Updated: Apr 12, 2022
CHAPTER TITLE: Flight Instruments
Below is a list of the figures (diagrams, charts, and pictures) from the PHAK Chapter 8. They are listed in the order they are found in the Pilot's Handbook of Aeronautical Knowledge.
Pitot-static system and instruments.
Effects of nonstandard temperature on an altimeter.
Look at the chart using a temperature of –10 °C and an aircraft altitude of 1,000 feet above the airport elevation. The chart shows that the reported current altimeter setting may place the aircraft as much as 100 feet below the altitude indicated by the altimeter.
Vertical speed indicator (VSI).
An IVSI incorporates accelerometers to help the instrument immediately indicate changes in vertical speed.
Airspeed indicator (ASI).
Single engine airspeed indicator (ASI).
A blocked pitot tube, but clear drain hole.
Blocked pitot system with clear static system.
Blocked static system.
Primary flight display (PFD). Note that the actual location of indications vary depending on manufacturers.
Multi-function display (MFD).
Chelton’s FlightLogic (top) and Avidyne’s Entegra (bottom) are examples of panel displays that are configurable.
Teledyne’s 90004 TAS/Plus Air Data Computer (ADC) computes air data information from the pitot-static pneumatic system, aircraft temperature probe, and barometric correction device to help create a clear picture of flight characteristics.
Airspeed trend vector.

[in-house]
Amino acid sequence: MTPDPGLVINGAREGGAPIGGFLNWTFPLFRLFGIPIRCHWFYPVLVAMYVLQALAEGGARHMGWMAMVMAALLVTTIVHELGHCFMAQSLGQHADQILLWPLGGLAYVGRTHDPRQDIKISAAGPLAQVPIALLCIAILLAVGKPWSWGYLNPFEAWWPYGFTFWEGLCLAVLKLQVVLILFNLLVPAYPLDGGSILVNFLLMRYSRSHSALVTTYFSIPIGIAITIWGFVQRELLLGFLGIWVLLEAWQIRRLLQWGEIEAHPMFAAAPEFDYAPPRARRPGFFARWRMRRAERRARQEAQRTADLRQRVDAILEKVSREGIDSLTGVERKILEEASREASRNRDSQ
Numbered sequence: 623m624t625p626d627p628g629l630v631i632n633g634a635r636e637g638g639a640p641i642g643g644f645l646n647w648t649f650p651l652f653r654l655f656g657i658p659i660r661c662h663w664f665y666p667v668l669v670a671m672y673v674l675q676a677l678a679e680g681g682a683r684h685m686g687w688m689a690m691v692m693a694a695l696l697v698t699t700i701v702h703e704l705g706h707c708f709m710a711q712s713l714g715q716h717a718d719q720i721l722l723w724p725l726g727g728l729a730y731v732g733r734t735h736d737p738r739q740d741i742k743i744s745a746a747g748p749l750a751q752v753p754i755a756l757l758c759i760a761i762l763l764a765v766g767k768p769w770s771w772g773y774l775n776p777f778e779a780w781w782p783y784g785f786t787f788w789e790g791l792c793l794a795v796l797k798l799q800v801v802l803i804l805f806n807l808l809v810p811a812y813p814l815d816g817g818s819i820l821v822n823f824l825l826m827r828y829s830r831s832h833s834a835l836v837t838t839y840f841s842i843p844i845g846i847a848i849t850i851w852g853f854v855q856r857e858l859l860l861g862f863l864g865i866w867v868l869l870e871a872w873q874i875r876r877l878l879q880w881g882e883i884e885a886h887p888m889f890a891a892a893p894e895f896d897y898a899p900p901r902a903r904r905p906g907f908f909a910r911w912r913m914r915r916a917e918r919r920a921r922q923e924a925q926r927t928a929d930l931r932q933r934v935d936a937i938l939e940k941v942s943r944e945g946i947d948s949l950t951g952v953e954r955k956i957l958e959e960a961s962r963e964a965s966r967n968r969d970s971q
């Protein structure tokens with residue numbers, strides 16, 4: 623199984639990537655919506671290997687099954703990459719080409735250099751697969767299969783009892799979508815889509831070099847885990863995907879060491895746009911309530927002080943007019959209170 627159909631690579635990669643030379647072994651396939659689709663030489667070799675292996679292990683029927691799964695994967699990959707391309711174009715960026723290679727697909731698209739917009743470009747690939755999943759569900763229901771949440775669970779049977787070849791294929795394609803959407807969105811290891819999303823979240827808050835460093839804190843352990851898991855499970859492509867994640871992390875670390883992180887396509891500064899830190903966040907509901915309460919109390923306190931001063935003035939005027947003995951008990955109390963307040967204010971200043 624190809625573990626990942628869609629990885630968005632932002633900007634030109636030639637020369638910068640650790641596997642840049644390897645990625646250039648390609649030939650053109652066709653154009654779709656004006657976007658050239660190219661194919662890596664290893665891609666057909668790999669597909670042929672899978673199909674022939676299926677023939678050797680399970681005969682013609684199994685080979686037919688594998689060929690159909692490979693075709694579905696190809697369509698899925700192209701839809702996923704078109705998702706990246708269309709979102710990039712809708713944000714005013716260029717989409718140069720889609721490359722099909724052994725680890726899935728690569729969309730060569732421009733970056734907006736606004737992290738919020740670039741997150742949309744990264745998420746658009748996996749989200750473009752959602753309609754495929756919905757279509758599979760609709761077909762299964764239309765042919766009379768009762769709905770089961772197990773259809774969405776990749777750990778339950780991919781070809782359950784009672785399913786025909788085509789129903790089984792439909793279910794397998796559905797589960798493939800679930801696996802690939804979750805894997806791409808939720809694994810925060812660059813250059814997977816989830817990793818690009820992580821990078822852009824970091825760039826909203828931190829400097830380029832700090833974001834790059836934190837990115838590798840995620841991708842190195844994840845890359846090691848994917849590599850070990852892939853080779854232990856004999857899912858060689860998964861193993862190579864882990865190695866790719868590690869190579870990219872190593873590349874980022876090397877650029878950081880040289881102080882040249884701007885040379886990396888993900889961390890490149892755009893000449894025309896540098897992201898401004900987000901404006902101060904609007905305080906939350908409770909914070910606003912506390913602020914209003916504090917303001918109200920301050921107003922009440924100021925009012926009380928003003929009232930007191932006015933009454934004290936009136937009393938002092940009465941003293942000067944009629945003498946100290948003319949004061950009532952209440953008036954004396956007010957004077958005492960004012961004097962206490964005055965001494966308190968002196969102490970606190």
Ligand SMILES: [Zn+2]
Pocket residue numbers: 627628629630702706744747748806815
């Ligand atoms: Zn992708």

Altimeter trend vector.
Regardless of the position of its base, a gyro tends to remain rigid in space, with its axis of rotation pointed in a constant direction.
Precession of a gyroscope resulting from an applied deflective force.
Typical vacuum system.
Turn indicators rely on controlled precession for their operation.
If inadequate right rudder is applied in a right turn, a slip results. Too much right rudder causes the aircraft to skid through the turn. Centering the ball results in a coordinated turn.
Attitude representation by the attitude indicator corresponds to the relation of the aircraft to the real horizon.
A heading indicator displays headings based on a 360° azimuth, with the final zero omitted. For example, “6” represents 060°, while “21” indicates 210°. The adjustment knob is used to align the heading indicator with the magnetic compass.
Attitude and heading reference system (AHRS).
The soft iron frame of the flux valve accepts the flux from the Earth’s magnetic field each time the current in the center coil reverses. This flux causes current to flow in the three pickup coils.
The current in each of the three pickup coils changes with the heading of the aircraft.
Pictorial navigation indicator (HSI, top), slaving meter (lower right), and slaving control compensator unit (lower left).
Driven by signals from a flux valve, the compass card in this RMI indicates the heading of the aircraft opposite the upper center index mark. The green pointer is driven by the ADF.
Angle of attack indicators.
A magnetic compass. The vertical line is called the lubber line.
Isogonic lines are lines of equal variation.
Utilization of a compass rose aids compensation for deviation errors.
A compass correction card shows the deviation correction for any heading.
Northerly and southerly turning errors.
The effects of acceleration error.
Vertical card magnetic compass.
Outside air temperature (OAT) gauge.